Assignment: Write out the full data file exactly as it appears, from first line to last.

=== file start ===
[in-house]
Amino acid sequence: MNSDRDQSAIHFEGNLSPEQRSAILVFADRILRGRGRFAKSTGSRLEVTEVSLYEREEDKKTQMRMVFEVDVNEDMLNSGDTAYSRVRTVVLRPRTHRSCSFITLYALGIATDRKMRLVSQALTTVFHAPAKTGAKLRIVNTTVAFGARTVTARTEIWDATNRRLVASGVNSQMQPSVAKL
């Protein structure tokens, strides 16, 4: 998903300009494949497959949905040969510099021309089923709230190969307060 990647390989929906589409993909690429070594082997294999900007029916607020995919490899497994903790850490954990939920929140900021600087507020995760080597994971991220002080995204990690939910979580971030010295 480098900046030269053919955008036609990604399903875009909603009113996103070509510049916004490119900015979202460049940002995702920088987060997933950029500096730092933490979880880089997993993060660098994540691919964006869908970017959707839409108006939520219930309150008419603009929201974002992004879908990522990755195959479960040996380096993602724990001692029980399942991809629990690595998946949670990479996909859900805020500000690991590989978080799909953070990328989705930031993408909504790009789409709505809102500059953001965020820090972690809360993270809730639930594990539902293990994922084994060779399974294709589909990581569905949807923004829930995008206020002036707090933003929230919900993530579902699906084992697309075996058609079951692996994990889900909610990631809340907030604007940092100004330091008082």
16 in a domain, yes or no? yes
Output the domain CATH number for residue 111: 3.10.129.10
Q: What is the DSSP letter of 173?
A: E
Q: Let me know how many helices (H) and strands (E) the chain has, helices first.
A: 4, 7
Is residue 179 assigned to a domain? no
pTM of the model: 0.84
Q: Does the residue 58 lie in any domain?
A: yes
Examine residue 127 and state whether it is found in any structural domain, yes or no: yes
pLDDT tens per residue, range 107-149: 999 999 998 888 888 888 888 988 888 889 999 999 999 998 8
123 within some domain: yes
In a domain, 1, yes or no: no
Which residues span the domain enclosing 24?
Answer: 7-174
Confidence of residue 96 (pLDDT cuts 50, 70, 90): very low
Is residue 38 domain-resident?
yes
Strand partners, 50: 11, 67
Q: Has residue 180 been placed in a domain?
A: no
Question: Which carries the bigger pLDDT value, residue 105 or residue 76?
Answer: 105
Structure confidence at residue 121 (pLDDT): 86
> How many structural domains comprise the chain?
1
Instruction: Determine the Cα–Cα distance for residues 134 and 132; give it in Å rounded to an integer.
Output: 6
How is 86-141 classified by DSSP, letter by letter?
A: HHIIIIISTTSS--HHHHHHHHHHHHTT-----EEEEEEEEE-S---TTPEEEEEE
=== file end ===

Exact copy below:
[in-house]
Amino acid sequence: MNSDRDQSAIHFEGNLSPEQRSAILVFADRILRGRGRFAKSTGSRLEVTEVSLYEREEDKKTQMRMVFEVDVNEDMLNSGDTAYSRVRTVVLRPRTHRSCSFITLYALGIATDRKMRLVSQALTTVFHAPAKTGAKLRIVNTTVAFGARTVTARTEIWDATNRRLVASGVNSQMQPSVAKL
């Protein structure tokens, strides 16, 4: 998903300009494949497959949905040969510099021309089923709230190969307060 990647390989929906589409993909690429070594082997294999900007029916607020995919490899497994903790850490954990939920929140900021600087507020995760080597994971991220002080995204990690939910979580971030010295 480098900046030269053919955008036609990604399903875009909603009113996103070509510049916004490119900015979202460049940002995702920088987060997933950029500096730092933490979880880089997993993060660098994540691919964006869908970017959707839409108006939520219930309150008419603009929201974002992004879908990522990755195959479960040996380096993602724990001692029980399942991809629990690595998946949670990479996909859900805020500000690991590989978080799909953070990328989705930031993408909504790009789409709505809102500059953001965020820090972690809360993270809730639930594990539902293990994922084994060779399974294709589909990581569905949807923004829930995008206020002036707090933003929230919900993530579902699906084992697309075996058609079951692996994990889900909610990631809340907030604007940092100004330091008082």
16 in a domain, yes or no? yes
Output the domain CATH number for residue 111: 3.10.129.10
Q: What is the DSSP letter of 173?
A: E
Q: Let me know how many helices (H) and strands (E) the chain has, helices first.
A: 4, 7
Is residue 179 assigned to a domain? no
pTM of the model: 0.84
Q: Does the residue 58 lie in any domain?
A: yes
Examine residue 127 and state whether it is found in any structural domain, yes or no: yes
pLDDT tens per residue, range 107-149: 999 999 998 888 888 888 888 988 888 889 999 999 999 998 8
123 within some domain: yes
In a domain, 1, yes or no: no
Which residues span the domain enclosing 24?
Answer: 7-174
Confidence of residue 96 (pLDDT cuts 50, 70, 90): very low
Is residue 38 domain-resident?
yes
Strand partners, 50: 11, 67
Q: Has residue 180 been placed in a domain?
A: no
Question: Which carries the bigger pLDDT value, residue 105 or residue 76?
Answer: 105
Structure confidence at residue 121 (pLDDT): 86
> How many structural domains comprise the chain?
1
Instruction: Determine the Cα–Cα distance for residues 134 and 132; give it in Å rounded to an integer.
Output: 6
How is 86-141 classified by DSSP, letter by letter?
A: HHIIIIISTTSS--HHHHHHHHHHHHTT-----EEEEEEEEE-S---TTPEEEEEE